Death of a Party

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Review of 'Endgames and New Times', Geoff Andrews, Lawrence & Wishart £15.99

This is the final book in Lawrence & Wishart's six-volume history of the Communist Party. It has been a long time coming. The first volume, commissioned in the aftermath of the 1956 events, appeared in 1968. Written by James Klugmann, it was a work of considerable dishonesty, aiming at preserving the party's honour against all comers. Now the party is long dead, so Andrews can write much more freely. Sadly he has not done the job very well.

While he has clearly worked a full stint in the archives, he utterly fails to place the party's decline in its historical context. In the opening chapter on the 1960s there is a good deal about sex, drugs and rock 'n' roll - but nothing about Vietnam. Yet Vietnam was the key issue which allowed the revolutionary left to begin to marginalise the CP. In order to maintain its friendship with left, and not so left MPs, the CP insisted on campaigning for a negotiated peace. It refused to proclaim solidarity with the Vietnamese National Liberation Front, even though it was led by Communists. No wonder that the Vietnam Solidarity Campaign (never named by Andrews) attracted the most radical students and young workers.

Andrews also plays down the importance of Eastern Bloc Communism in the disputes that produced the party's death agony. He does point out that the party was receiving money from Moscow until 1979 - though this was mainly 'pensions' for veteran loyalists like Palme Dutt. What he cannot quite face up to is that the dwindling ranks of the CP meant nothing to Moscow, which cared little if it lived or died.

For Andrews the main story is that of the long and increasingly bitter conflict between what he calls 'militant labourism' and 'Gramscism'. Militant labourism refers to the wing of the CP that put the main emphasis on trade union struggle - always the core of the party's strength. Drawing heavily on the work of one of the CP's most vigorous anti-Stalinist critics, John McIlroy, Andrews points to some of the main weaknesses of a labourism which got less and less militant.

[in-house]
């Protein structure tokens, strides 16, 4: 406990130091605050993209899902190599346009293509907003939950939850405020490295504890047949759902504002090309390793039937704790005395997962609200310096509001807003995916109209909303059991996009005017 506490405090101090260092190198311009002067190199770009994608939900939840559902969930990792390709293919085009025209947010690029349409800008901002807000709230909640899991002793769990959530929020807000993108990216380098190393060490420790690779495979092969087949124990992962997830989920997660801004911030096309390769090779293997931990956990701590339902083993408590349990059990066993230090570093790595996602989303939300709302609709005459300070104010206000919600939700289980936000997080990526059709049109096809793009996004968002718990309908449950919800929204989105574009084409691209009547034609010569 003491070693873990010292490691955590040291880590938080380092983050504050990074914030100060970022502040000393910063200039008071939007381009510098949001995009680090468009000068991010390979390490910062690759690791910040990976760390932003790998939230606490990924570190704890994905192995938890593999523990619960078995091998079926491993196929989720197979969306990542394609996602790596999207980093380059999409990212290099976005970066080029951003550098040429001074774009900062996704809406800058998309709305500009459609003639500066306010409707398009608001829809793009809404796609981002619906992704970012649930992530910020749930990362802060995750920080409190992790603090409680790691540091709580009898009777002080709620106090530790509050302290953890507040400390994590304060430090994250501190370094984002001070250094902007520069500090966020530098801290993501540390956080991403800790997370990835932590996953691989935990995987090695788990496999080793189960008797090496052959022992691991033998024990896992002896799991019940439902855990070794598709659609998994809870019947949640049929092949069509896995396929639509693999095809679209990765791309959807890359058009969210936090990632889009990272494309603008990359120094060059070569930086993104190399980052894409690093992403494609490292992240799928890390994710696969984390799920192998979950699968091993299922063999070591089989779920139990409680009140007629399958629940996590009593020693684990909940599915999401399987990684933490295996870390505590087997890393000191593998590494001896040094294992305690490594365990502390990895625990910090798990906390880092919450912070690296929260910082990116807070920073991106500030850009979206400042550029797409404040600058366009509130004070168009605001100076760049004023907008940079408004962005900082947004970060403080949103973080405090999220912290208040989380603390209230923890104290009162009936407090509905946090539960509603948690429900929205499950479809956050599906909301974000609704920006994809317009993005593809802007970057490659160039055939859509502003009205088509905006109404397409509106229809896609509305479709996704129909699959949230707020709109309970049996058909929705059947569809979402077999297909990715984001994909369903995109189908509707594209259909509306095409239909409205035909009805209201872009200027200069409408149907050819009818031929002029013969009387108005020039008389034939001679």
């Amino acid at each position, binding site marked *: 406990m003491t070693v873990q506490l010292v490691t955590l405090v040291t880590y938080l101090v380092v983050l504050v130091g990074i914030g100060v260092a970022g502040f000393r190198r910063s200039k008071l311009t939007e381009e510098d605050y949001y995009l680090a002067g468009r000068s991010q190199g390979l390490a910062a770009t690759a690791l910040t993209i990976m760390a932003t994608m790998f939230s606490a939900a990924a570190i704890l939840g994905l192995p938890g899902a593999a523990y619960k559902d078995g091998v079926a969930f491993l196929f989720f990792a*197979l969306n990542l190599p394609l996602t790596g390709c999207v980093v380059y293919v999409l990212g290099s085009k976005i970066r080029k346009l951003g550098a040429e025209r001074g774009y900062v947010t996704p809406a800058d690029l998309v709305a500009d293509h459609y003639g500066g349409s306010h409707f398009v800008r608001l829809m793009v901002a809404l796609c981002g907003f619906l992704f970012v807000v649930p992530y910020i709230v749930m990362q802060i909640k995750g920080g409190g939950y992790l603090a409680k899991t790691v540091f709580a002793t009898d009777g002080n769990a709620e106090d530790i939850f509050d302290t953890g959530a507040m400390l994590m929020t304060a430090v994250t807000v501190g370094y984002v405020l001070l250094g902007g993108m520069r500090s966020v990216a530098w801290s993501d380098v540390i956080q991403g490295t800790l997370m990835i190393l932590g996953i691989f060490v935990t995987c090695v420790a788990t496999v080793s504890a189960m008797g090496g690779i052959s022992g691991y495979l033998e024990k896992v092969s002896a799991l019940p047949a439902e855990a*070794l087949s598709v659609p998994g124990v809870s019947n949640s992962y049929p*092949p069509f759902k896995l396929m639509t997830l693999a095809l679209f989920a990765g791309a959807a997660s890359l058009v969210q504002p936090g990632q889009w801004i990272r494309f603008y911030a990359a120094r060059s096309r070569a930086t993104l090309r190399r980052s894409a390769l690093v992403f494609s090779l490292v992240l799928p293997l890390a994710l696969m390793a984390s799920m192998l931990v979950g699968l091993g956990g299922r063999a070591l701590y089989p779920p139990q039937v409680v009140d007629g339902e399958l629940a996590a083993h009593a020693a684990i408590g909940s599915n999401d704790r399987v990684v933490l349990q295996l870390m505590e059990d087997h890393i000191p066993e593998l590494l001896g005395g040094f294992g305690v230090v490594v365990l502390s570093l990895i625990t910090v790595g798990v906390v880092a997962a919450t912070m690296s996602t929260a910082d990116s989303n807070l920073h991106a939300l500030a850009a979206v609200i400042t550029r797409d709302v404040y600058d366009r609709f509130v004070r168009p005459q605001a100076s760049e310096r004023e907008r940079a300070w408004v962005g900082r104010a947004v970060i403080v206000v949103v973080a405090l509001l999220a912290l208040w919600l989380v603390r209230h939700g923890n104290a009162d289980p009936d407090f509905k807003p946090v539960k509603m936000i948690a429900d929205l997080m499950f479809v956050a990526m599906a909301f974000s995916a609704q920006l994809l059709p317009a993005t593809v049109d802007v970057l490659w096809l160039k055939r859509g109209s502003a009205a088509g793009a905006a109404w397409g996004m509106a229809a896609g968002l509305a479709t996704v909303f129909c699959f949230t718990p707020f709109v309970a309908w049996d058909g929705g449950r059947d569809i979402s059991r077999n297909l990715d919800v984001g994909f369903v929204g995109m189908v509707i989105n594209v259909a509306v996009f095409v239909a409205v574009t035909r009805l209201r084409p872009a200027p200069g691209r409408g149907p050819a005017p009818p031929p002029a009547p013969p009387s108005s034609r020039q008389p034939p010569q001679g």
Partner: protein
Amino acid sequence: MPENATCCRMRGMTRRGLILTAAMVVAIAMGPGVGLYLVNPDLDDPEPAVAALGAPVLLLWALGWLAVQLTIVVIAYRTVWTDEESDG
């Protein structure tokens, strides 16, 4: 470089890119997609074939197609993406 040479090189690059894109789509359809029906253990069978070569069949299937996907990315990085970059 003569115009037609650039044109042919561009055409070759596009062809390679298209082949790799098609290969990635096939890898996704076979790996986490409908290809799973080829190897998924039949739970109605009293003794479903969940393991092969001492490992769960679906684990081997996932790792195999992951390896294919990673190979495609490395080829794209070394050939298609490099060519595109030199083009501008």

The CP was increasingly dependent on left union bureaucrats outside the party, and ever less capable of disciplining its own members. However, he could have said much more on the specific policies of the CP.

In my own union (ATTI/Natfhe), the CP had many members on senior grades, including principals. Hence the CP opposed wage policies designed to lessen differentials and was ambivalent in disputes between management grades and ordinary staff. Hence the International Socialists/SWP took the initiative in rank and file organisation.

Andrews' sympathies lie mainly with the so-called Gramscians (actually these had little in common with Antonio Gramsci, an authentic revolutionary and gifted thinker jailed by Mussolini). The Gramscians had noticed some important changes in the pattern of class struggle in Britain, but instead of developing new strategies, they abandoned class-centred politics altogether. Instead they advocated 'culture'. Andrews cites as a great success the People's Jubilee (alternative to the Silver Jubilee of 1977), which attracted 11,000 people, got wide press coverage and made a profit. Yet it led nowhere, mobilised nothing. Contrast this with the Anti Nazi League (grudgingly mentioned by Andrews in one footnote). The two great ANL carnivals were indeed cultural events in their own right; but they were also a focus and inspiration for thousands of local activities, and succeeded in setting back the fascist cause for ten years.

He also commends the Communist University of London (CUL), a week of lectures and discussions launched in 1969. The idea was shamelessly ripped off by the SWP, which launched Marxism in 1977. But unlike the CUL, Marxism was not afraid of debate and dissident ideas, and it was always linked to campaigning and party-building. The CUL collapsed in 1981.

There are many lessons, both positive and negative, to be learned from the history of the CP. But those who want to learn them would do better to ignore Andrews and instead get hold of a copy of The Communist Party of Great Britain Since 1920 by James Eaden and David Renton.